1. I very much appreciate your thoughts on pricing, this provides a huge amount of information on a topic that many artists struggle with.

  2. Thoughtful commentary on pricing..a lot to think about! Plus your "escapee" is right on target!

  3. Love the orange slices. I love how you make them so juicy and glowing! Thanks so much for the insightful article. I always learn so much from what you posts and very much appreciate it.
    -I do have a question: Although I'm only in some smaller galleries right now, but my goal is to get into a few prominent ones in larger cities. I have a feeling I will be underpriced for these. What should I do if a gallery thinks I should price higher? Should prices be raised across the board? Or should I resist?

  4. Thanks for your feedback Lisa.

    In the age of the internet, it is a good idea to have consistent pricing. Collectors in Toronto will not be impressed if they paid 20% more than someone in Portage la Prairie for the same size piece by the same artist. On that note, it is pretty much standard to always charge the same price for the same size, regardless of how long it took or how much you like it, though I have occasionally put a premium on a piece if it is particularly hard won or one of my best efforts ever.

    I would say if a gallery is encouraging you to raise your prices, consider if the new price will be viable in your current galleries. If you decide to do it, it should be an across the board increase. This includes people buying directly from your studio or website. Selling to a client at a lower price than your galleries is unethical and undermines their efforts. People will ask. The professional response is to respect your galleries and decline, even if it means losing the sale.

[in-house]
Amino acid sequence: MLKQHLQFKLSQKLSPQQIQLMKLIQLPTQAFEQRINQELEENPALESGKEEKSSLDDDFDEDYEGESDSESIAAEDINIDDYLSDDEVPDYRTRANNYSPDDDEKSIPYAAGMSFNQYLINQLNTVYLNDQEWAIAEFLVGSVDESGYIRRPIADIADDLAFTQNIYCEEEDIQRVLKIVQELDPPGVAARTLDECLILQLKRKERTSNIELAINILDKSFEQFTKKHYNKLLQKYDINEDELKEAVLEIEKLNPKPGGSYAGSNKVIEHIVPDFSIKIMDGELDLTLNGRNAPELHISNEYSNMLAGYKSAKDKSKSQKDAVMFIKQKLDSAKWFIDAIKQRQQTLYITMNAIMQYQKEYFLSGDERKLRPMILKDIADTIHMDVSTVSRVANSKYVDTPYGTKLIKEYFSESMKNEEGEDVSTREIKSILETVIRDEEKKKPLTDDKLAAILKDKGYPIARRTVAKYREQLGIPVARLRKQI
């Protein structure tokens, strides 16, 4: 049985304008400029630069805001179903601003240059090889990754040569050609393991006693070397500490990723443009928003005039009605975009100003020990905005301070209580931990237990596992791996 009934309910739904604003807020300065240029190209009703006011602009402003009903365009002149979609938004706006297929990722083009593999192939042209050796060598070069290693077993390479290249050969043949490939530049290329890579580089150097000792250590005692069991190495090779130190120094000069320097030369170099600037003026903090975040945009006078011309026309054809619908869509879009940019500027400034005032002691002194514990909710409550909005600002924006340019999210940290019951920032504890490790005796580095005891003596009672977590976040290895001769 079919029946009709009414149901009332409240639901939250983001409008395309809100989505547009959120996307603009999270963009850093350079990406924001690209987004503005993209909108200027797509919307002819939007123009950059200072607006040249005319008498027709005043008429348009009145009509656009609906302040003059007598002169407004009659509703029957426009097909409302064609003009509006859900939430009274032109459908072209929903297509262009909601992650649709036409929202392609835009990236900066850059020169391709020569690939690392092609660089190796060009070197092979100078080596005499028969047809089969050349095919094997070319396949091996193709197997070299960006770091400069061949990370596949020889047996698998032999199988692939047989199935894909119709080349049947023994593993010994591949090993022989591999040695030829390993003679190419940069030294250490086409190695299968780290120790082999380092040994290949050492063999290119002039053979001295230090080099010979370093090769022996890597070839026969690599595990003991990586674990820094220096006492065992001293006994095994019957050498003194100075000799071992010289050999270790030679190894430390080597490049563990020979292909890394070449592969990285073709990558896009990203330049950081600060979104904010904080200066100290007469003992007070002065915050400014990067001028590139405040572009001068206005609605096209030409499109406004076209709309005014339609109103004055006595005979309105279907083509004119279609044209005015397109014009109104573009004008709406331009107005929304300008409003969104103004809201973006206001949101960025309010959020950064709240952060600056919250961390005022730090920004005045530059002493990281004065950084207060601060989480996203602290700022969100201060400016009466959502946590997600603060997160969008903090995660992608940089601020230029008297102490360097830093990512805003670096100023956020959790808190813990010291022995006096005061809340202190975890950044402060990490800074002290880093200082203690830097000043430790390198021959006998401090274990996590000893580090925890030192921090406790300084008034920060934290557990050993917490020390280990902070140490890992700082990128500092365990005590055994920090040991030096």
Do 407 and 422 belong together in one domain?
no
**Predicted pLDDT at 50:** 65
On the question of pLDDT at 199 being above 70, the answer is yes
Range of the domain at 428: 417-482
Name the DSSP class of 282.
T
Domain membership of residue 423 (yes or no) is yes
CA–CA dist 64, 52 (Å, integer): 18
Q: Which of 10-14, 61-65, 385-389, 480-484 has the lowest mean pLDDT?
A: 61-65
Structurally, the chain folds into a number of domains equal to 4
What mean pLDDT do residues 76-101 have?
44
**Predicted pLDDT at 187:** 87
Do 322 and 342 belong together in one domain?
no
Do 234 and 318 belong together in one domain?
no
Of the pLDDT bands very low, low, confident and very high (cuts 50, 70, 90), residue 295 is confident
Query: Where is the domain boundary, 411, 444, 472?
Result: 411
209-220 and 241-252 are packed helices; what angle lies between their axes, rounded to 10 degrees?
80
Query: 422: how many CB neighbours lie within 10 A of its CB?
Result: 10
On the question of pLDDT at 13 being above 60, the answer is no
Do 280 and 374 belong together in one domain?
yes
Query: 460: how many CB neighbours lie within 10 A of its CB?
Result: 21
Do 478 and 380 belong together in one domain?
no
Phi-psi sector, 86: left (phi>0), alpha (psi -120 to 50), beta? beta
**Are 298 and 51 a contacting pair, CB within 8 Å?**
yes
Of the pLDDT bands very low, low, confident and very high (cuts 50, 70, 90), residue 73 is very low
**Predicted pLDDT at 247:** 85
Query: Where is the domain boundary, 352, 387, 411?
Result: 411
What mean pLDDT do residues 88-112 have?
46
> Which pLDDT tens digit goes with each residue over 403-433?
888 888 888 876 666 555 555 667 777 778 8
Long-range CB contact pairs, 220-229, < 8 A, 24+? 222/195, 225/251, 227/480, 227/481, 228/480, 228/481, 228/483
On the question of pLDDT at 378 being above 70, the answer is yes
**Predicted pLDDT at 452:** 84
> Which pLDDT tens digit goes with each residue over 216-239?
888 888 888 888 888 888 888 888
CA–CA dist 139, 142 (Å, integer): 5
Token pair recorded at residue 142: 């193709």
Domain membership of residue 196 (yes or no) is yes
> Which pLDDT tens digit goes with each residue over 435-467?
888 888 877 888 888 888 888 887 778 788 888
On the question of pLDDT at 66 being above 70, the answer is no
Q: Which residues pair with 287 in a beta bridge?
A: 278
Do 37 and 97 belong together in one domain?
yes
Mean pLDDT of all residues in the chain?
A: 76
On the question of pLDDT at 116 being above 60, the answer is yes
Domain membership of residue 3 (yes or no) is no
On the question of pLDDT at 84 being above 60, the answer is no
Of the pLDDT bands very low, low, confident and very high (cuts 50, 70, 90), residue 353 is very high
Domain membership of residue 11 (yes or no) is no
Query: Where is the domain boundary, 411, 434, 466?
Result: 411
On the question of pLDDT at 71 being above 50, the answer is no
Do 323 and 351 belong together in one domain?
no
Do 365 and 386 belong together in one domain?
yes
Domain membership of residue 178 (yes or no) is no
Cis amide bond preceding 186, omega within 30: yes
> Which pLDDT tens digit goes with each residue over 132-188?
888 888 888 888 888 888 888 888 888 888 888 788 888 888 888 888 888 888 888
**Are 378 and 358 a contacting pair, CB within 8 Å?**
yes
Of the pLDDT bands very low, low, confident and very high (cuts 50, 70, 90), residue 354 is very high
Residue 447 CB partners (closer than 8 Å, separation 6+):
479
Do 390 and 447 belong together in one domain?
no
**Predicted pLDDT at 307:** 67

5. Liz, thanks for this topic. It is one that I am seriously rethinking just this week!

  6. This was so great to read. I am one who experienced fairly early success and then fairly rapid price increase too early i think. Now it is going slowly and i have been resisting the temptation to lower my prices just to generate a little income. I am so glad i read this and i am grateful you took the time out of your painting day to share your thoughts here. Thank you for your inspiration and encouragement.
    I also love your art too. It is absolutely beautiful and gives me something to aspire too.

  7. Hi Ross,

    Thanks for your comments! When things are slow, as an alternate to lowering prices, you could think about things such as teaching workshops, giving individual private lessons, or creating small daily paintings that you can sell for less, in a size you haven't currently offered in the market place. These are all ideas I'm trying out...think about seeking to get paid for the value you have to offer in other ways, rather than devaluing your work by lowering prices.

  8. thanks Liz;

    I thought your smaller painting idea was brilliant and was about to borrow the idea. Smile! And yes, workshops and classes are a great idea too! I have a couple of classes at present but could certainly do more. I'm also trying different types of paintings, ones i've always wanted to do. Oil is also a favorite medium but haven't done much with it yet. So that is also a possibility. I am looking forward to exploring your Blog further Liz. Your generosity with your experience and knowledge is greatly appreciated by all those who visit, I'm sure.
    Blessings always.

  9. Thanks Ross. I'd love to take the credit, but the brilliant small painting idea started way before me. :)

    Definitely seems a good idea to bring our creativity into the marketing area of our careers as well. Some artists like to let their galleries handle that area, which can be very effective. Personally, I like to be pretty involved in all areas of my career.